The most fundamental attribute of fishing is to select the right hook size for a day of fishing. Sometimes even the most veteran fishermen, the best guides, and tourist competitors get confused.
Hooks are one of the most common pieces of tackle in fishing, and you can find a baffling range of hooks at your nearest tackle store. They can be found in a mind-blowing range of shapes, colors, sizes, materials, and configurations.
Hooks are most commonly categorized and sizes. For instance, it is essential to understand that, a size 1 hook tends to be larger than size 7. In contrast, a 1/0 hook is actually smaller than 7/0. This “0” stands for aught, so wherever you see a 1/0 written on a hook, it is pronounced as (1-aught).
The standard smallest size of hook that is available is a size 32, whereas the largest tend to be 20/0. The slash symbol before the aught basically categorizes a hook when it is classified under the “aught” size system.
Table of Contents
- Why Choosing the Right Fishing Hook Size is Critical?
- Different Sizes of Fishing Hooks
- The Anatomy of a Fishing Hook
- Most Popular Types of Hooks
- Some Basic Tips for Using Hooks
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Why Choosing the Right Fishing Hook Size is Critical?
If the hook is inappropriately sized, then you are bound to face some complications. A small sized will not be able to get inside a large hook’s mouth.
Even if you feel like you get a strike from a fish, you will probably only get a hook without its bait. Contrariwise, if the hook is small and you are seeking larger fish, then there is a chance that the fish may gulp down the hook along with the bait.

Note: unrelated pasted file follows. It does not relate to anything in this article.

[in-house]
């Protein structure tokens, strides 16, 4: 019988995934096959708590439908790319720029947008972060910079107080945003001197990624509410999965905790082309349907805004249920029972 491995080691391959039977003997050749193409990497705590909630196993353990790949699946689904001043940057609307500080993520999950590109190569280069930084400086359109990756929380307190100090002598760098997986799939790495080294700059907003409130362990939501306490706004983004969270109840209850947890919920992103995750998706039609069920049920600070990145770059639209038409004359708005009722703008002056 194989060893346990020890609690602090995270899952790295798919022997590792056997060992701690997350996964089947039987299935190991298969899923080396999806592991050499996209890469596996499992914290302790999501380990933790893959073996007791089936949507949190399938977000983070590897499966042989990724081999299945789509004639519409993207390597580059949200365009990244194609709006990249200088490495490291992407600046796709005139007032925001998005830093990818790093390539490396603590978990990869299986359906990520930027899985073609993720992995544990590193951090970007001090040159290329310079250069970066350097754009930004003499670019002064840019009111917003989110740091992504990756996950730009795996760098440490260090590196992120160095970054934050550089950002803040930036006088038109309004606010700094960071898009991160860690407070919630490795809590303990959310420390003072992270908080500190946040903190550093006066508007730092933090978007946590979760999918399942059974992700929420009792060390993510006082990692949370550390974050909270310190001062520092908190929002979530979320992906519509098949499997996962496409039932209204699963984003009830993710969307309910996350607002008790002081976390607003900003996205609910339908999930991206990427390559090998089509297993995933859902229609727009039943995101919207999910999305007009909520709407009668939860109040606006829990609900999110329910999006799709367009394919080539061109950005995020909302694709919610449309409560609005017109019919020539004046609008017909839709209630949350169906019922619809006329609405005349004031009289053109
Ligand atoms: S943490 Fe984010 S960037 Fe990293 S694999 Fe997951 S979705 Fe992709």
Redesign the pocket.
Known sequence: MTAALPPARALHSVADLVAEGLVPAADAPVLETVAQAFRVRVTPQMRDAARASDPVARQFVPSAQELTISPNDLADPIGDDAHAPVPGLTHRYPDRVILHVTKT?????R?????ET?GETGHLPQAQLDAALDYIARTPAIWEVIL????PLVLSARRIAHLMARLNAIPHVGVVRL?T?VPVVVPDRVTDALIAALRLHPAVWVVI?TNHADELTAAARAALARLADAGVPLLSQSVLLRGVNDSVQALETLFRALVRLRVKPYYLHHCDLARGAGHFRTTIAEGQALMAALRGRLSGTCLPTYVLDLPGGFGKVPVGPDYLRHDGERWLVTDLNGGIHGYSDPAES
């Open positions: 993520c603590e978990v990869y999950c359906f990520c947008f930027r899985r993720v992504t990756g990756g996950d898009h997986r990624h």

This leads to deep hooking a fish, which is even more dangerous and life-threatening for the fish. This ultimately makes fishing practice and the catching and releasing part more difficult.
Knowing which hook size to select from your selection of hooks can be crucial to fishing.
Different Sizes of Fishing Hooks
A hook can be measured based on its spectrum of the aught and sizes. The aught sizes tend to be larger, whereas sizes are smaller.
Whatever kind of fishing hook you plan to use, it is absolutely essential to consider the hook’s size before attaching it to your fishing line.
Fishing hooks typically come in a range of colors, shapes, types, and sizes.
Deciding the size of a fishing hook is crucial to fishing. Hooks range from size 32 to size 1 or size 1/0 to size 20/0.
The hooks that range from size 1 to size 32 specify that the smaller the number, the larger the hook. Contrariwise, the hooks that range from size 1/0 to size 20/0 define that the smaller the number, the smaller the hook.
The aught system is different from the conventional number system, and they climb upwards accordingly with increasing sizes.
To make it simpler, here is an example. A 6/0 sized hook will be larger than a 2/0 sized hook, but a single-sized 6 hook will be smaller than a size 2 hook.